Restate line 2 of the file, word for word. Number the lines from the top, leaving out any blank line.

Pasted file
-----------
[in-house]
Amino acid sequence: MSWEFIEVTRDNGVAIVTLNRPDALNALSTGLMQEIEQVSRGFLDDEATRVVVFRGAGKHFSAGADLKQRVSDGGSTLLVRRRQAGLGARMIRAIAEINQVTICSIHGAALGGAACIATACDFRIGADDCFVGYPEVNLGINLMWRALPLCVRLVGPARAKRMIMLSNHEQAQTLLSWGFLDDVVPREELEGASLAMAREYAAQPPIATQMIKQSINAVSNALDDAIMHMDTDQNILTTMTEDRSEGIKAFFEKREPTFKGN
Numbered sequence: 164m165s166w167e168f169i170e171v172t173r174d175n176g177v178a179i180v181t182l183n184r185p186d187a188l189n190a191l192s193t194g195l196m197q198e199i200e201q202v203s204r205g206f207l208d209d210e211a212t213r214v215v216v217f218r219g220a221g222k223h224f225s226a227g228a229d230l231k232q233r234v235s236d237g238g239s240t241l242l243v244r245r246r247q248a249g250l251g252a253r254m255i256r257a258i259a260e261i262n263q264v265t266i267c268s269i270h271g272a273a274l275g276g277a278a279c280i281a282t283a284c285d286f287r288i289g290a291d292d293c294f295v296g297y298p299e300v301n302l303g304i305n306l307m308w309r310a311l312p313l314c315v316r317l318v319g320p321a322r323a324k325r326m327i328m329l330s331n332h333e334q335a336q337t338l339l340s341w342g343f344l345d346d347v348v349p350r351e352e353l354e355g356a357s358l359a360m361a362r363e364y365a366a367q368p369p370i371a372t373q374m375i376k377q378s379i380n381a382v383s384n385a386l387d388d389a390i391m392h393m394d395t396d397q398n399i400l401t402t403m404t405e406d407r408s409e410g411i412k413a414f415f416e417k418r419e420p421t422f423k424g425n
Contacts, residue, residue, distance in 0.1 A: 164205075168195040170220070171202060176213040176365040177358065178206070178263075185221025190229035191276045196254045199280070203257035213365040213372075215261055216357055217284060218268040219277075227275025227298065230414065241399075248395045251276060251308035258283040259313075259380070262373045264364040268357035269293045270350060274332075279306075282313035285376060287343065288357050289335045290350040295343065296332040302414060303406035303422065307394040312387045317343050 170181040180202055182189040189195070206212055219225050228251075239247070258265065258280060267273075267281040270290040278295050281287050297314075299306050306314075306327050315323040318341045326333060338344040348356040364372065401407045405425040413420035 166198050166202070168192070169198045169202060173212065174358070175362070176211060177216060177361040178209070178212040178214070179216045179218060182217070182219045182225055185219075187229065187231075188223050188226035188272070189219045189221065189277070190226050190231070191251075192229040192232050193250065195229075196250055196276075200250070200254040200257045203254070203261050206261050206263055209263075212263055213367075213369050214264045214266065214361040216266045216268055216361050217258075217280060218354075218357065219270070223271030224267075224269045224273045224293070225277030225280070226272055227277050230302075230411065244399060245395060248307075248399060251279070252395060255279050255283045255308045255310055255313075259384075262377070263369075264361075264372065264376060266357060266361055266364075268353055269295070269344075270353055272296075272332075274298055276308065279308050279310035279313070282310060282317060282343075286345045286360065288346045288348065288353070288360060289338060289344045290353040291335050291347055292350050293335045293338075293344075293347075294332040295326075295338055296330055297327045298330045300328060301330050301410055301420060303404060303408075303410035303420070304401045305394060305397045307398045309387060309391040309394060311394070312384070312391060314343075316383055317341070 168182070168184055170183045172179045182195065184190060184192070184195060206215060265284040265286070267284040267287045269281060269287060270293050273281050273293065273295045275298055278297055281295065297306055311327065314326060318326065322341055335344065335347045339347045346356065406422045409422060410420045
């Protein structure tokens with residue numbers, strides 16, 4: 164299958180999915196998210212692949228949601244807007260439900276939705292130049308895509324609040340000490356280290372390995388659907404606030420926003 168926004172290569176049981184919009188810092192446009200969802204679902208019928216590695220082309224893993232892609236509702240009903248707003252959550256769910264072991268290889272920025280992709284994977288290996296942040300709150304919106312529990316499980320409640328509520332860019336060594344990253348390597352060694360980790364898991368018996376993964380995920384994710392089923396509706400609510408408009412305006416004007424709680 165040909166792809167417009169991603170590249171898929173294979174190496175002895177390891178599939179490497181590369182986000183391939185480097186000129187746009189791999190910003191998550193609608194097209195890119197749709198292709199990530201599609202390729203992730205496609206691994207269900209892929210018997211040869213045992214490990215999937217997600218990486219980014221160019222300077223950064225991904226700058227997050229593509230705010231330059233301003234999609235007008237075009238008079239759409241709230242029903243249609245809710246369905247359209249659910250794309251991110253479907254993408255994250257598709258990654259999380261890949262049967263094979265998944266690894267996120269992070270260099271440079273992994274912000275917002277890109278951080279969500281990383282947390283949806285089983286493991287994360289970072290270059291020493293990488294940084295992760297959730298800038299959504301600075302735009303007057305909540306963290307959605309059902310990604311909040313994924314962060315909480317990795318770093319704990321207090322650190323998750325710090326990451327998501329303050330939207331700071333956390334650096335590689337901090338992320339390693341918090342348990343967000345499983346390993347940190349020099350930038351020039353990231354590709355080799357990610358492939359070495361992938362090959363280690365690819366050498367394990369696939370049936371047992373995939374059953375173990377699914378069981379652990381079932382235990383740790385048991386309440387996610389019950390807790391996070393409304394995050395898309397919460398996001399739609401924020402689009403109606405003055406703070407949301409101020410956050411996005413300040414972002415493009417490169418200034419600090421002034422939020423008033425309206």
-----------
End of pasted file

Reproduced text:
Amino acid sequence: MSWEFIEVTRDNGVAIVTLNRPDALNALSTGLMQEIEQVSRGFLDDEATRVVVFRGAGKHFSAGADLKQRVSDGGSTLLVRRRQAGLGARMIRAIAEINQVTICSIHGAALGGAACIATACDFRIGADDCFVGYPEVNLGINLMWRALPLCVRLVGPARAKRMIMLSNHEQAQTLLSWGFLDDVVPREELEGASLAMAREYAAQPPIATQMIKQSINAVSNALDDAIMHMDTDQNILTTMTEDRSEGIKAFFEKREPTFKGN